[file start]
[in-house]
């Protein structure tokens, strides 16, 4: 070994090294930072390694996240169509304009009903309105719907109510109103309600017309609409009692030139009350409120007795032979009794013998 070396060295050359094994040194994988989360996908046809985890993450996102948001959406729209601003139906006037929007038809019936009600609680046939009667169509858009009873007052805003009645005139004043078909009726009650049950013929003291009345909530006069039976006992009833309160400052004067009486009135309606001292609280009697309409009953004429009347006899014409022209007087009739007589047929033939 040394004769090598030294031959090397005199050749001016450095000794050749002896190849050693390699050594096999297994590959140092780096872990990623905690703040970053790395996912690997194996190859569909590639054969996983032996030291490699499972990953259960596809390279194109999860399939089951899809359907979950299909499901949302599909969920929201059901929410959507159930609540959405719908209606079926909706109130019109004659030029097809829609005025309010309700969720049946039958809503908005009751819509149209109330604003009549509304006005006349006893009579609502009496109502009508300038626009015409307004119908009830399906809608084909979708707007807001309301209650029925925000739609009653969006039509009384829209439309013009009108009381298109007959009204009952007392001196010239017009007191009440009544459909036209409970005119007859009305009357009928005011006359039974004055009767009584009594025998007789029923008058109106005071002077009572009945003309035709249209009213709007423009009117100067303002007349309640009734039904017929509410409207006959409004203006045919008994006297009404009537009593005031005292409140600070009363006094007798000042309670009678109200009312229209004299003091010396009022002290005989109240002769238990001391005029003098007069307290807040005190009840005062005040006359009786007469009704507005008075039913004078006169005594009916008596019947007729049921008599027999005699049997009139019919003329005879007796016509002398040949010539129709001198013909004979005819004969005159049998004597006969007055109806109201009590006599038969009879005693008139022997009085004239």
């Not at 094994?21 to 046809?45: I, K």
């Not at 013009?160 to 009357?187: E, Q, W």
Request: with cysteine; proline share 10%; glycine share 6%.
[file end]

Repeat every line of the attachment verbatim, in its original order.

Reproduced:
[in-house]
């Protein structure tokens, strides 16, 4: 070994090294930072390694996240169509304009009903309105719907109510109103309600017309609409009692030139009350409120007795032979009794013998 070396060295050359094994040194994988989360996908046809985890993450996102948001959406729209601003139906006037929007038809019936009600609680046939009667169509858009009873007052805003009645005139004043078909009726009650049950013929003291009345909530006069039976006992009833309160400052004067009486009135309606001292609280009697309409009953004429009347006899014409022209007087009739007589047929033939 040394004769090598030294031959090397005199050749001016450095000794050749002896190849050693390699050594096999297994590959140092780096872990990623905690703040970053790395996912690997194996190859569909590639054969996983032996030291490699499972990953259960596809390279194109999860399939089951899809359907979950299909499901949302599909969920929201059901929410959507159930609540959405719908209606079926909706109130019109004659030029097809829609005025309010309700969720049946039958809503908005009751819509149209109330604003009549509304006005006349006893009579609502009496109502009508300038626009015409307004119908009830399906809608084909979708707007807001309301209650029925925000739609009653969006039509009384829209439309013009009108009381298109007959009204009952007392001196010239017009007191009440009544459909036209409970005119007859009305009357009928005011006359039974004055009767009584009594025998007789029923008058109106005071002077009572009945003309035709249209009213709007423009009117100067303002007349309640009734039904017929509410409207006959409004203006045919008994006297009404009537009593005031005292409140600070009363006094007798000042309670009678109200009312229209004299003091010396009022002290005989109240002769238990001391005029003098007069307290807040005190009840005062005040006359009786007469009704507005008075039913004078006169005594009916008596019947007729049921008599027999005699049997009139019919003329005879007796016509002398040949010539129709001198013909004979005819004969005159049998004597006969007055109806109201009590006599038969009879005693008139022997009085004239």
């Not at 094994?21 to 046809?45: I, K």
């Not at 013009?160 to 009357?187: E, Q, W």
Request: with cysteine; proline share 10%; glycine share 6%.